Not satisfied with the spacing in the Table of Contents for now.

Lots of doing different things

The benefits of bilingualism

Apparently being bilingual makes one smarter.

“Being bilingual, it turns out, makes you smarter. It can have a profound effect on your brain, improving cognitive skills not related to language and even shielding against dementia in old age.”

To say that I love language is an understatement. I learned a second language starting in my first year of grade school. In college, I learned some German and Spanish. Later when I was working in the video game industry and dealing with Sony and Nintendo, I started learning Japanese. Since then I have had other experiences with language:

    • I have followed a number of audio courses on language in general, and the evolution of the English
    • On a trip to eastern Spain in 2010, I taught myself to be able to read Catalan (I can also muddle through written Portuguese)
    • On a trip to Italy in 2012, I found myself being able to read both Italian and Latin
    • On a trip to Ukraine and Russia, I taught myself to read Cyrillic characters, enabling me to make out signs and menu items that borrowed from Germanic or Romance languages

This excerpt was instructive:

They were not wrong about the interference: there is ample evidence that in a bilingual’s brain both language systems are active even when he is using only one language, thus creating situations in which one system obstructs the other. But this interference, researchers are finding out, isn’t so much a handicap as a blessing in disguise. It forces the brain to resolve internal conflict, giving the mind a workout that strengthens its cognitive muscles.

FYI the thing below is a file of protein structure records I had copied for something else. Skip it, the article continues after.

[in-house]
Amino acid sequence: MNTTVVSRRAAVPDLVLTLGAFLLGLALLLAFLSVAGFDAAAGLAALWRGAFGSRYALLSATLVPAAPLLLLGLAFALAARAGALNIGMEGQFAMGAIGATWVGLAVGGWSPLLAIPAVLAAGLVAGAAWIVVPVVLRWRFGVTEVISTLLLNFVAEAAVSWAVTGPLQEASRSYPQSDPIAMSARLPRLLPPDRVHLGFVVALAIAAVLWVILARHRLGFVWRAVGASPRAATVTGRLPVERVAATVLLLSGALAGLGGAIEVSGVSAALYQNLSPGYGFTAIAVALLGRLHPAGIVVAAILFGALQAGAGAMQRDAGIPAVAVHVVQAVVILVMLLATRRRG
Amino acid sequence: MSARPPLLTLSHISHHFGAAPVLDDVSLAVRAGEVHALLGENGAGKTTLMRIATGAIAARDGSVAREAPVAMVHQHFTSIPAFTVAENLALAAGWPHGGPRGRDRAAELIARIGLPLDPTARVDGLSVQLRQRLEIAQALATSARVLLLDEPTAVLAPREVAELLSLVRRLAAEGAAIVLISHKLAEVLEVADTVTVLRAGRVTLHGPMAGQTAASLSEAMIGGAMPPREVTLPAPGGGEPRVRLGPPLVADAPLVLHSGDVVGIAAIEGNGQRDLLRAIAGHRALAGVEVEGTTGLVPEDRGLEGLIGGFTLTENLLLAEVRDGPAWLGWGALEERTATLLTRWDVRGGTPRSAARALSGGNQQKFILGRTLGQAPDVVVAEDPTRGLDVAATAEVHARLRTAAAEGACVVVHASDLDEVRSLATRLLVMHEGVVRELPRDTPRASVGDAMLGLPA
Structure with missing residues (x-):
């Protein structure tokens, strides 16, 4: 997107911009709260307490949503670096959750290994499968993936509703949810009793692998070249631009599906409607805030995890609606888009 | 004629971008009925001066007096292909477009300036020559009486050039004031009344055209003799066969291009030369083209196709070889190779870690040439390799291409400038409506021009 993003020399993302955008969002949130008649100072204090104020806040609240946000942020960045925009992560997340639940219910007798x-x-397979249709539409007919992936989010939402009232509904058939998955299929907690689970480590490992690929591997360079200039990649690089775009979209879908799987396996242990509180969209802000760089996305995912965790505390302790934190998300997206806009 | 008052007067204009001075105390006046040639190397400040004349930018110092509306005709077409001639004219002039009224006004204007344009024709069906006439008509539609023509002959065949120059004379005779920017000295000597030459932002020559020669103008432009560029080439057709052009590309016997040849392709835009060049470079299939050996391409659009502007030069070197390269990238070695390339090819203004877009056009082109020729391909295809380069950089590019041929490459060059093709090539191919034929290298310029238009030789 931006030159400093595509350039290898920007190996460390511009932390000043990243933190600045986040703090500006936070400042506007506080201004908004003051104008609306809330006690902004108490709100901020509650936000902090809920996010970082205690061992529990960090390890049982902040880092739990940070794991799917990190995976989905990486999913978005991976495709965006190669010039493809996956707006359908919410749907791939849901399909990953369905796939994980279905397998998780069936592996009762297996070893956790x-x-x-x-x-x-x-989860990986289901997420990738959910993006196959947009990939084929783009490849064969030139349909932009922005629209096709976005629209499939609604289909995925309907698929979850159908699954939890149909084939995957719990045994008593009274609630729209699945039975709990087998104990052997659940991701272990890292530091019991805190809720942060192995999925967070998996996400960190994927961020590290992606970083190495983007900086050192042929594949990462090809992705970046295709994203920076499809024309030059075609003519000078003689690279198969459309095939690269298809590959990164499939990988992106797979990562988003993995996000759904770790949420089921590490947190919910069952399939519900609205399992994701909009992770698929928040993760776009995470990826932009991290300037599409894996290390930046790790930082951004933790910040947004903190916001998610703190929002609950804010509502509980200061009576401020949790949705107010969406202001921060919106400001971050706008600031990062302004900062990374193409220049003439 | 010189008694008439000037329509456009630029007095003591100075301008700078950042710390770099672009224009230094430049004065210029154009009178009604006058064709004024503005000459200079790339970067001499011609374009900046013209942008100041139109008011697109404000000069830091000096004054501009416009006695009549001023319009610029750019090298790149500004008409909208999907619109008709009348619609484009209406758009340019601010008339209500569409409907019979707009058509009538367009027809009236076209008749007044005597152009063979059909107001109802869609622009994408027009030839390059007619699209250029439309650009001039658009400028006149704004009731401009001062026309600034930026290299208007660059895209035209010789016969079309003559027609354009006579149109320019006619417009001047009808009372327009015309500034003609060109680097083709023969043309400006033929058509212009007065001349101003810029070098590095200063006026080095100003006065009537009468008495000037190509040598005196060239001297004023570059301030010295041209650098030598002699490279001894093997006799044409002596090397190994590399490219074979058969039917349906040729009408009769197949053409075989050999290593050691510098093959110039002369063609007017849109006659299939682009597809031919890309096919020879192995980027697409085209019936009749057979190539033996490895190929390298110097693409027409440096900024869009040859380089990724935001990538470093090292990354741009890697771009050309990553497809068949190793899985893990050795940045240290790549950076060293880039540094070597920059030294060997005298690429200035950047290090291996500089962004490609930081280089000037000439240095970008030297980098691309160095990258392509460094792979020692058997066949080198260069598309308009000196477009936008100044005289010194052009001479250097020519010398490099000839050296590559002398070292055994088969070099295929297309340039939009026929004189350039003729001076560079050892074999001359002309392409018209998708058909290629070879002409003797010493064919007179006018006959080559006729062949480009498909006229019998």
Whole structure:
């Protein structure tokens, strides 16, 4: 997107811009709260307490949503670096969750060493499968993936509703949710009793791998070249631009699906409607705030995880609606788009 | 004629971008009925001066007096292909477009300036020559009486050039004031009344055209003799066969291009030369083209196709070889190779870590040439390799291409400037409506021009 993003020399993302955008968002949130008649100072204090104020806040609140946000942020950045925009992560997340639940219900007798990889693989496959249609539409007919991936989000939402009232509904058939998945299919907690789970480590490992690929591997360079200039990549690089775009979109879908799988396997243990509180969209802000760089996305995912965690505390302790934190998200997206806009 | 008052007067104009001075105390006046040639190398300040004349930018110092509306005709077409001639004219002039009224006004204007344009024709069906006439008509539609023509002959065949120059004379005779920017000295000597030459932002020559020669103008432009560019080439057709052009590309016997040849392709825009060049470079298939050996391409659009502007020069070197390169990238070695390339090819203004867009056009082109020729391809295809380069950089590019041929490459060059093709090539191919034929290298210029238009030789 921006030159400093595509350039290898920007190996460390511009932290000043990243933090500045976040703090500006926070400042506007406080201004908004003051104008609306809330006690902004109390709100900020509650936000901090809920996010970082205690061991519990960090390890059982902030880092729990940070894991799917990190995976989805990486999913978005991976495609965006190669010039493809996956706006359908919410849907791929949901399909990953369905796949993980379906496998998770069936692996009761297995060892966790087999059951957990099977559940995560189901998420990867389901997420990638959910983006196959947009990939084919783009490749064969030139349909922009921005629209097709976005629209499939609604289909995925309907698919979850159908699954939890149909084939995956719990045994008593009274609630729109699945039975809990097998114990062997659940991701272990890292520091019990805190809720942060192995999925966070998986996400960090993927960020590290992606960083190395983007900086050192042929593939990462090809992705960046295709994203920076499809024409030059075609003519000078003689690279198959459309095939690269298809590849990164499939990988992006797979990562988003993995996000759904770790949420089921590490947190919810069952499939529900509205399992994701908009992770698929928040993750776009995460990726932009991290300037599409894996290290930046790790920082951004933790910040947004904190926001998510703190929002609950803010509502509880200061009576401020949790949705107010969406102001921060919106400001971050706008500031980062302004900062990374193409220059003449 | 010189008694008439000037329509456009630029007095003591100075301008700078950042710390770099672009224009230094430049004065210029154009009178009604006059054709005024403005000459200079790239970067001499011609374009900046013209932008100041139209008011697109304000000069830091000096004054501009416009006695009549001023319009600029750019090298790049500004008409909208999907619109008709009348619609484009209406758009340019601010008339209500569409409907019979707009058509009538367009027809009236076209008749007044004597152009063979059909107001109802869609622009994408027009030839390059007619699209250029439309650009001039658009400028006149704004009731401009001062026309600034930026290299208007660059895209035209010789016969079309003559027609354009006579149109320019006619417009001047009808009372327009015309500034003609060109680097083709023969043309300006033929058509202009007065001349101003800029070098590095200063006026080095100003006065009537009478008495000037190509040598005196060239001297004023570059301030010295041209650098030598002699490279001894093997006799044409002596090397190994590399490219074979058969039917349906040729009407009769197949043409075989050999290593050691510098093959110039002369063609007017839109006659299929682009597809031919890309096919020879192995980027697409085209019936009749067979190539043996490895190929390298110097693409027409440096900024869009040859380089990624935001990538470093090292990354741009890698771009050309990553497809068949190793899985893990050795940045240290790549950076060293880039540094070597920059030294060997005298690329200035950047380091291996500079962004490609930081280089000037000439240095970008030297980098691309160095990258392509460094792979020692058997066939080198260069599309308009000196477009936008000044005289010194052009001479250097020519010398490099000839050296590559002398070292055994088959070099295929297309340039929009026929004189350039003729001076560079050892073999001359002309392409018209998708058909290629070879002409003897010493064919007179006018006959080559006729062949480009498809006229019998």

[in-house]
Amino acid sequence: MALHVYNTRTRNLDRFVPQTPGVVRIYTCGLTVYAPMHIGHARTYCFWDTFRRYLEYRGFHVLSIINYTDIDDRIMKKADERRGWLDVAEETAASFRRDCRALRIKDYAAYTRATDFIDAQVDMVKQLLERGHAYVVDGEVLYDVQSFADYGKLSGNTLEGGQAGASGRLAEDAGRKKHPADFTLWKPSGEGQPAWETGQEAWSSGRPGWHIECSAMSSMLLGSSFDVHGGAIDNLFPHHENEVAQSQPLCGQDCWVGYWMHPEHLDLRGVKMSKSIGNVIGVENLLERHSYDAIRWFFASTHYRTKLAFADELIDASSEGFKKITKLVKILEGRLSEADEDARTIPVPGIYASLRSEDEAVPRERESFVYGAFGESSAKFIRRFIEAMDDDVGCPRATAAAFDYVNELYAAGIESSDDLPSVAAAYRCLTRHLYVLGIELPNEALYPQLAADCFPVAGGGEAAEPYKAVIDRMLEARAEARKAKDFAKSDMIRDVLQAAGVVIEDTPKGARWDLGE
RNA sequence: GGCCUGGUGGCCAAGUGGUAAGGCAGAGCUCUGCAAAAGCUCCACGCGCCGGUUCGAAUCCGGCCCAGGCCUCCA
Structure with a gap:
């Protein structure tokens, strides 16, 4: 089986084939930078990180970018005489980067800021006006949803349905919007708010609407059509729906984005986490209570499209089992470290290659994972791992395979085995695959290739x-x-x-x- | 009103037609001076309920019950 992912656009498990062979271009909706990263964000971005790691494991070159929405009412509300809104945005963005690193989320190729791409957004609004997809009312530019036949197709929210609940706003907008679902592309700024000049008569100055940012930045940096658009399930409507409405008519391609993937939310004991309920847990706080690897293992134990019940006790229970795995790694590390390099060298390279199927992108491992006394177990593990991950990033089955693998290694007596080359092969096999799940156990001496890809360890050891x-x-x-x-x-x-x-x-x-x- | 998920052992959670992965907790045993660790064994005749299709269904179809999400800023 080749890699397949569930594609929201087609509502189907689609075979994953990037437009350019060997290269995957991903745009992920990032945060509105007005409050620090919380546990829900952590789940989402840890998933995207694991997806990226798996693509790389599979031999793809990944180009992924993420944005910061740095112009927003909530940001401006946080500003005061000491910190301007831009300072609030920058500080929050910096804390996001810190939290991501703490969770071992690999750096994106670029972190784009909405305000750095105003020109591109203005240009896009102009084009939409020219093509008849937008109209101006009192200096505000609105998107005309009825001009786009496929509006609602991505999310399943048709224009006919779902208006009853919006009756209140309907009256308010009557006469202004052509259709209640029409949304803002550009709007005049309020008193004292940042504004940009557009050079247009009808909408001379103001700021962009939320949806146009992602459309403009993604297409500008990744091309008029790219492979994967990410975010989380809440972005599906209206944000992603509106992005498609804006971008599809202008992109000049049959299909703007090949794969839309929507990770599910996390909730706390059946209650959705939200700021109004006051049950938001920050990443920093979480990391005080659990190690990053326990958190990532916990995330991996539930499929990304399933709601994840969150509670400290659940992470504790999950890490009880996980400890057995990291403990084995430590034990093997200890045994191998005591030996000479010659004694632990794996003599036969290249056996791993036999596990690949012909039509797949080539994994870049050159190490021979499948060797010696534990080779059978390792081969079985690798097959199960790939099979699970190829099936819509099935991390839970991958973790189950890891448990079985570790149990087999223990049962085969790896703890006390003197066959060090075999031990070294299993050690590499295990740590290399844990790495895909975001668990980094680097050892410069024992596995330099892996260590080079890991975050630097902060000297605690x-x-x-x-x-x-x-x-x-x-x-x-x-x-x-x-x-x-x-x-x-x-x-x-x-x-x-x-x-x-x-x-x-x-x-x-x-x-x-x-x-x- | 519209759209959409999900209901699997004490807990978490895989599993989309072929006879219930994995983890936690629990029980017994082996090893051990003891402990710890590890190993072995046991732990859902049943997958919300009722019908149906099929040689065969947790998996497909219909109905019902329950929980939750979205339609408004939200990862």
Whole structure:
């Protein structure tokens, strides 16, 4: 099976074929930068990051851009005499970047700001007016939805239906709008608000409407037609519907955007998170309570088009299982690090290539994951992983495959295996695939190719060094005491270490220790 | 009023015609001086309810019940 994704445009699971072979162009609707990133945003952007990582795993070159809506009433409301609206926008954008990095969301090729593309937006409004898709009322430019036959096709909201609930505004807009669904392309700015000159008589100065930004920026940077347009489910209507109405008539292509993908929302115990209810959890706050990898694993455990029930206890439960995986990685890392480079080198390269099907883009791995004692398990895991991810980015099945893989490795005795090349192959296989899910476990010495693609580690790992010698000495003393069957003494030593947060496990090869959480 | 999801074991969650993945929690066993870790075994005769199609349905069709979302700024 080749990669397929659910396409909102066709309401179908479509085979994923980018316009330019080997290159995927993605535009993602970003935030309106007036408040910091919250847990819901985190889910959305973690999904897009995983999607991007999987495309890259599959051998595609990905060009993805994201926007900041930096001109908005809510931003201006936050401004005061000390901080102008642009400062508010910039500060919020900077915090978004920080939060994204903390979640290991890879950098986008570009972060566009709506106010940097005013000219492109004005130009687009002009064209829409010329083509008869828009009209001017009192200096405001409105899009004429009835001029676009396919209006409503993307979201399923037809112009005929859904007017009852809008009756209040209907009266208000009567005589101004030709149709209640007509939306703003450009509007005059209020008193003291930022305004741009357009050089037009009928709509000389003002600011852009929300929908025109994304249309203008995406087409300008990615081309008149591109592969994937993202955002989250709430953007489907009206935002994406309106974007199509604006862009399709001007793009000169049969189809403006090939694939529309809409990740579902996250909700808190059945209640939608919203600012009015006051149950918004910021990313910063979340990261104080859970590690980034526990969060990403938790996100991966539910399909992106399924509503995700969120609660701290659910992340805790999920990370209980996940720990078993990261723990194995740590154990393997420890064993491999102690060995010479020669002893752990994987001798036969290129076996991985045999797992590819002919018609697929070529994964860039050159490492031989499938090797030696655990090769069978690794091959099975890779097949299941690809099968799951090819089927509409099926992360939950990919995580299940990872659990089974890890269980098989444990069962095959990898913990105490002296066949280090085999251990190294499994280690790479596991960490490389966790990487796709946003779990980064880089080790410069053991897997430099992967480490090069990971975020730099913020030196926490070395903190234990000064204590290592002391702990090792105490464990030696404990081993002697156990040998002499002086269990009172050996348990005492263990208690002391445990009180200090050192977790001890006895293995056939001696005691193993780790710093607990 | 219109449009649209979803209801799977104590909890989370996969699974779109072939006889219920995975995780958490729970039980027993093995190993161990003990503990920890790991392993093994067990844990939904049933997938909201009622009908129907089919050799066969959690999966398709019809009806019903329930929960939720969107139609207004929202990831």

It was not long after moving to Quebec City to pursue my undergraduate studies that I became fully fluent in French and that I began to think in French. I ended up being so assimilated that I would look for my words when speaking in English with my parents. The cognitive load of having 2 languages fully operative in my brain at the same time was at times overwhelming. I would actually stutter when attempting to speak English, something that never happened to me as a child.

During a trip to Germany, I found Japanese and Spanish words coming to mind before German. I had the same phenomenon when travelling in Italy. At times, it becomes a realt rat’s nest.

Lately, as I have begun to better understood my brain, I have noticed that I seem to be identifying and picking up words in other languages much faster than in a number of years.

Buying what you love

While reading thew New York Times, I also learned about the benefits of buying what you love. In my case, that would be my bicycle, which I bought in my early 40s. I have cycled for over 30,000km in all and ridden on some of the toughest climbs in North America, up mountains in Quebec, Vermont, New York State, Pennsylvania, West Virginia, Maryland, and Colorado, and as well as the hilly city streets of Pittsburgh.

Artificial intelligence

I read even more about artificial intelligence as I continue to build out an article. I also looked up a bunch of movies that feature A.I. in one or more characters or as part of the plot. They include Blade Runner; I, Robot; 2001: A Space Odyssey; War Games; and Westworld among others.

I have some basic understanding of A.I. software programming concepts such as binary decision trees and finite state machines, but now I am learning about neural networks, deep learning, machine learning, and computer vision, among other things.

I read another article about artificial intelligence and how it relates to being human.

Human intelligence

I read an interesting article concerning a new book that discusses our genes and the genetic component of human intelligence, the impact of IQ testing, etc. This is an interesting excerpt:

A crucial agent in our limiting definition of intelligence, which has a dark heritage in nineteenth-century biometrics and eugenics, was the British psychologist and statistician Charles Spearman, who became interested in the strong correlation between an individual’s high performance on tests assessing very different mental abilities. He surmised that human intelligence is a function not of specific knowledge but of the individual’s ability to manipulate abstract knowledge across a variety of domains. Spearman called this ability “general intelligence,” shorthanded g.